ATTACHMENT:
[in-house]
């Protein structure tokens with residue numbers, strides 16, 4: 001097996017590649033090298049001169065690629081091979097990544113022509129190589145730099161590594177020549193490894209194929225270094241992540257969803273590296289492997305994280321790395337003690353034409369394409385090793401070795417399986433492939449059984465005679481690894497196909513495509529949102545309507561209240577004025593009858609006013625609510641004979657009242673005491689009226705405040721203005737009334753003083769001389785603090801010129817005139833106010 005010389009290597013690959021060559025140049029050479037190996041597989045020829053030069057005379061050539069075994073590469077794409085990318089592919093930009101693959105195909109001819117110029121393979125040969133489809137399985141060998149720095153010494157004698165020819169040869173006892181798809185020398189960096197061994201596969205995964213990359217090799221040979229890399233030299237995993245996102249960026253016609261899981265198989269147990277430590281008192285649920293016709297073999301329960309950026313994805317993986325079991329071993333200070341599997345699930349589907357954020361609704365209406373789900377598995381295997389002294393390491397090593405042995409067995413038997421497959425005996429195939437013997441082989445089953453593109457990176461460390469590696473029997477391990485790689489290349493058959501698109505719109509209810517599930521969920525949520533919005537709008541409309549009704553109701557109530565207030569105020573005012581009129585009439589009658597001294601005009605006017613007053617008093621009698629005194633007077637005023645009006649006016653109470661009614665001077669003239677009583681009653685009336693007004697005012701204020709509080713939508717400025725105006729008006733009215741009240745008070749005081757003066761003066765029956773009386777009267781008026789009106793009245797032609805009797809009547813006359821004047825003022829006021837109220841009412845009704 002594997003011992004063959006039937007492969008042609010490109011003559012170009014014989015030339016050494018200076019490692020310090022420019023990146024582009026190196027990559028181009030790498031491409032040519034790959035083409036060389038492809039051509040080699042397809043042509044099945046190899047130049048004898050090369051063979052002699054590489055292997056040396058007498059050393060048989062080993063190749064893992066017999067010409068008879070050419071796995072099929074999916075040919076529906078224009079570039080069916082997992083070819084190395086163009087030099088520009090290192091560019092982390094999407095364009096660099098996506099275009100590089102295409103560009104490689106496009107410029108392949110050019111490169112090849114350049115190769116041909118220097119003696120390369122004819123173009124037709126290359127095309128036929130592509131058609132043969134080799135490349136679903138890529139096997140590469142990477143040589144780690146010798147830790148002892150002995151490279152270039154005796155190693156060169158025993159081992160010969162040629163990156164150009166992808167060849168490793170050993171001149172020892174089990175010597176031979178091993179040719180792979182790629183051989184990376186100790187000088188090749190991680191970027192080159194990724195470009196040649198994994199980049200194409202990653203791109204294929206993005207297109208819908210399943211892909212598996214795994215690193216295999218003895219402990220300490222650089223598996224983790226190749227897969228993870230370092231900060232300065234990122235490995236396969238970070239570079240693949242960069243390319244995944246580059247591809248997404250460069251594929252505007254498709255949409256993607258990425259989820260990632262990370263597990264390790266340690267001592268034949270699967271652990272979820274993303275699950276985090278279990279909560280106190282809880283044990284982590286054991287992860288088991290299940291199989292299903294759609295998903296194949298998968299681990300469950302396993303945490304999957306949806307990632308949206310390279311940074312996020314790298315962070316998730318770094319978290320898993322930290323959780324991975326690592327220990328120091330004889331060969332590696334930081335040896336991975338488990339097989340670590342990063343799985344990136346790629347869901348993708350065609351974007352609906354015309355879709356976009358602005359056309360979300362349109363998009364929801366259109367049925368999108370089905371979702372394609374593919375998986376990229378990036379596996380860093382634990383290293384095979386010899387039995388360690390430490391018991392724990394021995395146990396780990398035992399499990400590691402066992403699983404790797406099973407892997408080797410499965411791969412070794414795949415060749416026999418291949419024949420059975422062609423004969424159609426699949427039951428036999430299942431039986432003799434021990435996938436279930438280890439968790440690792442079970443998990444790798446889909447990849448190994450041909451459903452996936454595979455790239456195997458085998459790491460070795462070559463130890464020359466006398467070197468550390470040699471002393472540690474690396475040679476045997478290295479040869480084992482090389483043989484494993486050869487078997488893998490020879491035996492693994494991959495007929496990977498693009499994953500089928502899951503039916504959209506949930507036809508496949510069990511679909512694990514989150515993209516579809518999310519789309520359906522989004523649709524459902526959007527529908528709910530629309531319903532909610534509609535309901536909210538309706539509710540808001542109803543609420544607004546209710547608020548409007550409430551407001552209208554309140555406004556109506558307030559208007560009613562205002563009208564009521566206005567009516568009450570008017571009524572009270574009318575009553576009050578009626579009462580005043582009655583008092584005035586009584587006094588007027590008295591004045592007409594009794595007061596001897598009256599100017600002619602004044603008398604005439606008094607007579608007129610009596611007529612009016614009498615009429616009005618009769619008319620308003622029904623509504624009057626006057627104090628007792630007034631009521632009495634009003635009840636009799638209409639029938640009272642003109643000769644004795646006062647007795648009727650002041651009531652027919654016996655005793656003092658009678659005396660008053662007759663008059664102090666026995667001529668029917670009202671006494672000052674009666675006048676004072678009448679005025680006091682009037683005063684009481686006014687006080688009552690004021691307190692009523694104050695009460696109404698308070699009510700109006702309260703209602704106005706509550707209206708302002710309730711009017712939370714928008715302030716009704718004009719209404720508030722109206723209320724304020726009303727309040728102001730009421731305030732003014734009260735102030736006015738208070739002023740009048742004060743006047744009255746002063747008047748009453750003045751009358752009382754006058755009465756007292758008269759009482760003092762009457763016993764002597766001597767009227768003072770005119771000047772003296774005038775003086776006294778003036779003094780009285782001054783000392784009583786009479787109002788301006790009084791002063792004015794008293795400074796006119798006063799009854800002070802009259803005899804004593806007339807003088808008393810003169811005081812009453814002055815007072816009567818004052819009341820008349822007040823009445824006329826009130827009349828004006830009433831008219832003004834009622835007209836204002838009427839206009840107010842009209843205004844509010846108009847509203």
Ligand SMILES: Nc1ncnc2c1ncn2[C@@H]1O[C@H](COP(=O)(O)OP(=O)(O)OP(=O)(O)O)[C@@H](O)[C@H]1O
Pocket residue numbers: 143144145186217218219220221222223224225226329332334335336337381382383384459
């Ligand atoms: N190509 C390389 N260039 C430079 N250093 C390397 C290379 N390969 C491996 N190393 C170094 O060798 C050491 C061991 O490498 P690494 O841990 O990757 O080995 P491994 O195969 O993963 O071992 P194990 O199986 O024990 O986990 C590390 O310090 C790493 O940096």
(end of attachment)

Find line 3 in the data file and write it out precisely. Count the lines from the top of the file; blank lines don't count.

Ligand SMILES: Nc1ncnc2c1ncn2[C@@H]1O[C@H](COP(=O)(O)OP(=O)(O)OP(=O)(O)O)[C@@H](O)[C@H]1O